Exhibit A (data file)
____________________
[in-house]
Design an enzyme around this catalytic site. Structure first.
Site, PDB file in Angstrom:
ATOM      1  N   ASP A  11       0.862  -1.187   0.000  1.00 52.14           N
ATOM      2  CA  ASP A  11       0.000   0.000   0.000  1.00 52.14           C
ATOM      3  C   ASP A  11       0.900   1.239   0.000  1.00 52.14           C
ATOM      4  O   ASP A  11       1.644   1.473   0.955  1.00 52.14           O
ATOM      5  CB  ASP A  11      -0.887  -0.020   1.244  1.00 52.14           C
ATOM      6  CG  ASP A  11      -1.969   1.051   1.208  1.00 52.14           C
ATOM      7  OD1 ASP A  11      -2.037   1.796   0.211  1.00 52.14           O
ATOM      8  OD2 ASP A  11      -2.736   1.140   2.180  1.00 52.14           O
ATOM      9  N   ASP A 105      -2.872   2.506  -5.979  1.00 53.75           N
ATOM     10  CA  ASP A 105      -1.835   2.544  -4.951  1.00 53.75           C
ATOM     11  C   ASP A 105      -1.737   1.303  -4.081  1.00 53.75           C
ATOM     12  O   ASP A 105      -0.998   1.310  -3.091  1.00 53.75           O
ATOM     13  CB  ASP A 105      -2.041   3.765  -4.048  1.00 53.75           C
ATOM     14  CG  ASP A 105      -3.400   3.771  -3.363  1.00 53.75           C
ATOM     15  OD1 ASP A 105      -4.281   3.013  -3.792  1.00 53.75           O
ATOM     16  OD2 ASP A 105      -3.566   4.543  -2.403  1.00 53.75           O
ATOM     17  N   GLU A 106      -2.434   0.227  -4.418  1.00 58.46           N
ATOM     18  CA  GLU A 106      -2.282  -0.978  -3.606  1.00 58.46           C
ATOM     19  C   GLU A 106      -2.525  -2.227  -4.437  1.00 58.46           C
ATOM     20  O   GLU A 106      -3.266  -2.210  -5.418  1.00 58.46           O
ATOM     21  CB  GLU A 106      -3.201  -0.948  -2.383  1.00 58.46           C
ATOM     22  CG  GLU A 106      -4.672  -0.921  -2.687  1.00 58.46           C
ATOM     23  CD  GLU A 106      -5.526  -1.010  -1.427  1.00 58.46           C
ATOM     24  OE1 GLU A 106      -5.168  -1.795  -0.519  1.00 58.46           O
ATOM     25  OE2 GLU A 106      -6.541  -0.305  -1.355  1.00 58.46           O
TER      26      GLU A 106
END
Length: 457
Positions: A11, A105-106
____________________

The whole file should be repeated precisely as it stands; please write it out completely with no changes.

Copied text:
[in-house]
Design an enzyme around this catalytic site. Structure first.
Site, PDB file in Angstrom:
ATOM      1  N   ASP A  11       0.862  -1.187   0.000  1.00 52.14           N
ATOM      2  CA  ASP A  11       0.000   0.000   0.000  1.00 52.14           C
ATOM      3  C   ASP A  11       0.900   1.239   0.000  1.00 52.14           C
ATOM      4  O   ASP A  11       1.644   1.473   0.955  1.00 52.14           O
ATOM      5  CB  ASP A  11      -0.887  -0.020   1.244  1.00 52.14           C
ATOM      6  CG  ASP A  11      -1.969   1.051   1.208  1.00 52.14           C
ATOM      7  OD1 ASP A  11      -2.037   1.796   0.211  1.00 52.14           O
ATOM      8  OD2 ASP A  11      -2.736   1.140   2.180  1.00 52.14           O
ATOM      9  N   ASP A 105      -2.872   2.506  -5.979  1.00 53.75           N
ATOM     10  CA  ASP A 105      -1.835   2.544  -4.951  1.00 53.75           C
ATOM     11  C   ASP A 105      -1.737   1.303  -4.081  1.00 53.75           C
ATOM     12  O   ASP A 105      -0.998   1.310  -3.091  1.00 53.75           O
ATOM     13  CB  ASP A 105      -2.041   3.765  -4.048  1.00 53.75           C
ATOM     14  CG  ASP A 105      -3.400   3.771  -3.363  1.00 53.75           C
ATOM     15  OD1 ASP A 105      -4.281   3.013  -3.792  1.00 53.75           O
ATOM     16  OD2 ASP A 105      -3.566   4.543  -2.403  1.00 53.75           O
ATOM     17  N   GLU A 106      -2.434   0.227  -4.418  1.00 58.46           N
ATOM     18  CA  GLU A 106      -2.282  -0.978  -3.606  1.00 58.46           C
ATOM     19  C   GLU A 106      -2.525  -2.227  -4.437  1.00 58.46           C
ATOM     20  O   GLU A 106      -3.266  -2.210  -5.418  1.00 58.46           O
ATOM     21  CB  GLU A 106      -3.201  -0.948  -2.383  1.00 58.46           C
ATOM     22  CG  GLU A 106      -4.672  -0.921  -2.687  1.00 58.46           C
ATOM     23  CD  GLU A 106      -5.526  -1.010  -1.427  1.00 58.46           C
ATOM     24  OE1 GLU A 106      -5.168  -1.795  -0.519  1.00 58.46           O
ATOM     25  OE2 GLU A 106      -6.541  -0.305  -1.355  1.00 58.46           O
TER      26      GLU A 106
END
Length: 457
Positions: A11, A105-106